They walked beside the river, near Mr. Twigs old home. The bushes near Mr. Twigs old home had berry-bearing branches near the ground. Soon their baskets were almost full and very heavy. They stopped to rest on the river bank.
Wheeee. Mr. Wind blew Mr. Twig’s hat off. Splash, right into the river went Mr. Twigs hat. Mr. Twig reached for his hat, and splash, right into the river went Mr. Twig. Poor Mr. Twig was in terrible trouble. He couldn’t kick his legs because his big strong boots were too heavy. He couldn’t swim with his arms very well because his long scarf had come undone and was tangled around him.
Mr. Leaf ran up and down the bank of the river. He couldn’t help Mr. Twig. Mr. Leaf can float but he can’t swim. “Oh dear, oh dear. Don’t worry Mr. Twig I will think of something. “This is all your fault Mr. Wind. Do something. Save Mr. Twig.”
“I’m sorry. I was only plaaaa-ying. What can I do-ooo?”
Mr. Leaf looked all around. He couldn’t see anything or any one to help. Then he saw the sycamore tree with its branches stretching out over the water. “Why look there are still seeds on the tree ,blow down the seeds, blow down the seeds from the sycamore tree.”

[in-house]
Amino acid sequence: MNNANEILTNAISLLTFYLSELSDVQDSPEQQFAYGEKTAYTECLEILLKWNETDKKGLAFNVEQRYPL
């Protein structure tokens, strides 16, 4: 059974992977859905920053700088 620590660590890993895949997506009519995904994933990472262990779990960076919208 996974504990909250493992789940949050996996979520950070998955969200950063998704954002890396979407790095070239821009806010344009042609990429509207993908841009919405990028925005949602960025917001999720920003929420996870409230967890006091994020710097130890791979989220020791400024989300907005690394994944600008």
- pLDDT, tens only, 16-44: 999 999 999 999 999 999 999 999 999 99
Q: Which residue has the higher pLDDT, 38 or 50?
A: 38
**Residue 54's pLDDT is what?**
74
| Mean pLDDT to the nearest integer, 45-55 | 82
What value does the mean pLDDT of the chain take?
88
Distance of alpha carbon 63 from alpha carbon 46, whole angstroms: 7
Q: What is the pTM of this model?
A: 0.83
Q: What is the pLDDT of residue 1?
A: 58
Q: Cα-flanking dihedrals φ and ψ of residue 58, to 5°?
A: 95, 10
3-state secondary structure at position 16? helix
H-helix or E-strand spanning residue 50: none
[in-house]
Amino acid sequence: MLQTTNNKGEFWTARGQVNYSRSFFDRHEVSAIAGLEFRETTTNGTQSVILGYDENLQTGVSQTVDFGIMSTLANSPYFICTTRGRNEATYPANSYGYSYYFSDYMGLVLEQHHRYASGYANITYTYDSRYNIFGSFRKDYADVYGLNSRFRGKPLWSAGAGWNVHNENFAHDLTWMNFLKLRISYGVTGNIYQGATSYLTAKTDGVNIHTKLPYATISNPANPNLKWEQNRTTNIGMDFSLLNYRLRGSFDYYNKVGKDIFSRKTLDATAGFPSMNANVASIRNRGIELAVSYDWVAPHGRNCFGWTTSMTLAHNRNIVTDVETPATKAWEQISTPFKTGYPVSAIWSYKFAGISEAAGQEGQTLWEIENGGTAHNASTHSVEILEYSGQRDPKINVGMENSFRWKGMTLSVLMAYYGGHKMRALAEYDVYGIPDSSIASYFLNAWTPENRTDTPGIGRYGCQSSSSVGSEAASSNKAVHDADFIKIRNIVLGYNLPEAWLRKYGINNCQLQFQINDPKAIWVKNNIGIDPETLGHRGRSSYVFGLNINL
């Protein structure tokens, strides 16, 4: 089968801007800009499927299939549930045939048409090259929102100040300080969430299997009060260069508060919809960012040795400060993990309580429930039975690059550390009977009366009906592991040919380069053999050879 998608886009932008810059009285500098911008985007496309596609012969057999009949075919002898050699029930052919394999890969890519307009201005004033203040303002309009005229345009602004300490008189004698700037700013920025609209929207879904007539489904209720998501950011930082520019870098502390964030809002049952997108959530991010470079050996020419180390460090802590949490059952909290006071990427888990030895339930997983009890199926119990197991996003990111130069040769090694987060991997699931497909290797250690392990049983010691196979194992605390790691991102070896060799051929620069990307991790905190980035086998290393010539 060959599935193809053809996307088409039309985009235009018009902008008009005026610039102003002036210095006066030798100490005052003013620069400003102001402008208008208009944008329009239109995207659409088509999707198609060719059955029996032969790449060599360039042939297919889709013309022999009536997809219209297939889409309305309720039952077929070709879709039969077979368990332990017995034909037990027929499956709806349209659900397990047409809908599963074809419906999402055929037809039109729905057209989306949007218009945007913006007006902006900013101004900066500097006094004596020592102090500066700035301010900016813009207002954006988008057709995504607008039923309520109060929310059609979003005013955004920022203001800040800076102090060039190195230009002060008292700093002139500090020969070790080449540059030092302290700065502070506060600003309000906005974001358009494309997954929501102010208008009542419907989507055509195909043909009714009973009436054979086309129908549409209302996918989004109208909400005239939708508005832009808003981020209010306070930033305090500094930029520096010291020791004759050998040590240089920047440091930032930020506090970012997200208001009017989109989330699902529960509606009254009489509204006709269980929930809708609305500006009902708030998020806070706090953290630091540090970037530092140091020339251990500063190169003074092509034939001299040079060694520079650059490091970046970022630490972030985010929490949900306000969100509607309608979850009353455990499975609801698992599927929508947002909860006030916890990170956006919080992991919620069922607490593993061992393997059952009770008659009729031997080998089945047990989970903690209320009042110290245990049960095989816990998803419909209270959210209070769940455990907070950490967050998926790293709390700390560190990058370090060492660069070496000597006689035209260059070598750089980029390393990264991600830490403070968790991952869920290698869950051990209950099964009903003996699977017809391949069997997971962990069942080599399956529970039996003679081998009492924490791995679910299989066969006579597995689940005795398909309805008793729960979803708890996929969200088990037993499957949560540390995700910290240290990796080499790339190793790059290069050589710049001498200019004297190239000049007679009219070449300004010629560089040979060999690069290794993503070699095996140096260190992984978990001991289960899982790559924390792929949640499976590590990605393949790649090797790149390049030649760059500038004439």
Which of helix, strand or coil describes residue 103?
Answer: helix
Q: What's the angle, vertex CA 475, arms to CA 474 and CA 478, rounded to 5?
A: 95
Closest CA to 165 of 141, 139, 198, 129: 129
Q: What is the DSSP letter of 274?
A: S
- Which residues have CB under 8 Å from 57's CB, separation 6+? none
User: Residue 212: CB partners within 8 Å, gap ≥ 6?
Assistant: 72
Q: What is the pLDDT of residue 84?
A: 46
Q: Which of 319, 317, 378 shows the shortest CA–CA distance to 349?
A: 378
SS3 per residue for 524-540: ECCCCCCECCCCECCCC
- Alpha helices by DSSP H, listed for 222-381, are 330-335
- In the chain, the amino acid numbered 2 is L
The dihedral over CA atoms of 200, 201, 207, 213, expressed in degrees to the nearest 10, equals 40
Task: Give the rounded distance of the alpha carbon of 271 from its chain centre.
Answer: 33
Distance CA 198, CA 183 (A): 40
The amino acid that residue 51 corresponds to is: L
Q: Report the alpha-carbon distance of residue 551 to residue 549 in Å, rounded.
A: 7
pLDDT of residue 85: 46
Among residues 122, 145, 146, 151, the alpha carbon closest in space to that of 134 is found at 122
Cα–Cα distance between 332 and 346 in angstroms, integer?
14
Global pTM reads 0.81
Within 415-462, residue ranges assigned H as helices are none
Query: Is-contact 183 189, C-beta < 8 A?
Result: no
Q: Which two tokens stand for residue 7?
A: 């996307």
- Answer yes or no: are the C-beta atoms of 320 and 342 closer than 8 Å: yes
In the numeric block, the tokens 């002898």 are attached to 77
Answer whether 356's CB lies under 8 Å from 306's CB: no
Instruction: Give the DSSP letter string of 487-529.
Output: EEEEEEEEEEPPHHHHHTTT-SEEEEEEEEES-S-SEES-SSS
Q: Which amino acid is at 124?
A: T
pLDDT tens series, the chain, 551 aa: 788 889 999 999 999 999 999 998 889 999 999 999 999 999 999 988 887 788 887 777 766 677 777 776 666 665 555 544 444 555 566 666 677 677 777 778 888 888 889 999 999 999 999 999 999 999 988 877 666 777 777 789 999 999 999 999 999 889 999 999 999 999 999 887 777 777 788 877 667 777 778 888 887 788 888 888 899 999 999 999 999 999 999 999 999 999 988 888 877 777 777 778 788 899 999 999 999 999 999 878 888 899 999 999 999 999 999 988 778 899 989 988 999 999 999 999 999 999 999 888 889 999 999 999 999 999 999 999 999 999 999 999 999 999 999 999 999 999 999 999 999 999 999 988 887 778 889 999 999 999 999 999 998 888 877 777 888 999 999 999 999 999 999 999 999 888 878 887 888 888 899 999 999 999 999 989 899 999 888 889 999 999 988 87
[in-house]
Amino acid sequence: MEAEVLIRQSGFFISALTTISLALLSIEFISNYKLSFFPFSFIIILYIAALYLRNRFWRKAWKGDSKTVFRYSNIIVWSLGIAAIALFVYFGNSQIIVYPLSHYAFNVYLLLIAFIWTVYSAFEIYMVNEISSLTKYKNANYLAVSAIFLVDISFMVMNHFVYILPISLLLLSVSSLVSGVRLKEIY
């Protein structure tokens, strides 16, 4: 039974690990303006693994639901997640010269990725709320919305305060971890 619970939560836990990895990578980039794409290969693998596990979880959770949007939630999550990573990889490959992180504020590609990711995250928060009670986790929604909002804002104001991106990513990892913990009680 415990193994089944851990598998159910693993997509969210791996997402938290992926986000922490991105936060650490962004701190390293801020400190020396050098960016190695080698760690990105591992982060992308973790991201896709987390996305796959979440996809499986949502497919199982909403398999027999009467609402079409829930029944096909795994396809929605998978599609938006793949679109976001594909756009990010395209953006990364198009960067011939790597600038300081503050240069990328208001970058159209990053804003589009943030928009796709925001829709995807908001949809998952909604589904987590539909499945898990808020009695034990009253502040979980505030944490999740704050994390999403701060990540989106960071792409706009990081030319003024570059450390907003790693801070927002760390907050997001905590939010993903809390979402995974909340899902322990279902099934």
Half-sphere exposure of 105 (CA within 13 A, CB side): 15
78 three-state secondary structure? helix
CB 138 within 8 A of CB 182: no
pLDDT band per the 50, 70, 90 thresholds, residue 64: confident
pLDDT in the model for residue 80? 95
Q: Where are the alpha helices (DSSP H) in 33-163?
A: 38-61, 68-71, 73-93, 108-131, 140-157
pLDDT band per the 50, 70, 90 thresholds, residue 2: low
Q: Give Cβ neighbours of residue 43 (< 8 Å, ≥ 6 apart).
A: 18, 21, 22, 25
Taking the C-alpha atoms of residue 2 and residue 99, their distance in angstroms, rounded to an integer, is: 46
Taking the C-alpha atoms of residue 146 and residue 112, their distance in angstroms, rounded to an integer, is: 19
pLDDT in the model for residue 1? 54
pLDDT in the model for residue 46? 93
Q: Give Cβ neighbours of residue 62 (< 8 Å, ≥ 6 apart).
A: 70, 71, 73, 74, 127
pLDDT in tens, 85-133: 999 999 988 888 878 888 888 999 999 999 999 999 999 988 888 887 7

Mr. Wind at once did as Mr. Leaf had asked. The winged seeds whirled through the air and landed in the water all around Mr. Twig. He managed to get his arms free of the scarf and to hang on to two of the seeds. The seeds made fine water wings for Mr. Twig. Mr. Wind blew on the water to help Mr. Twig float to the bank.
They rushed home. Mr. Twig got out of his wet clothes and hung them up to dry. Mr. Leaf made some hot mint tea.
“Come and sit by the fire and drink some of this mint tea,” said Mr. Leaf, “You will soon feel better.”
“Atishoo,” said Mr. Twig.
Mr. Leaf came rushing into the house. “Huff, Puff, Puff, Puff, oh dear me. I have run all the way home to tell you.”
“Tell me what?” asked Mr. Twig looking up from his book.
“The insect folk have found a thing,” gasped Mr. Leaf, “and it is making a noise.”
“Bless my tidy toes. Do sit down and get your breath. Then, tell me all about it.”
Mr. Leaf sat down. When he had got his breath back, he told Mr. Twig all about the strange thing.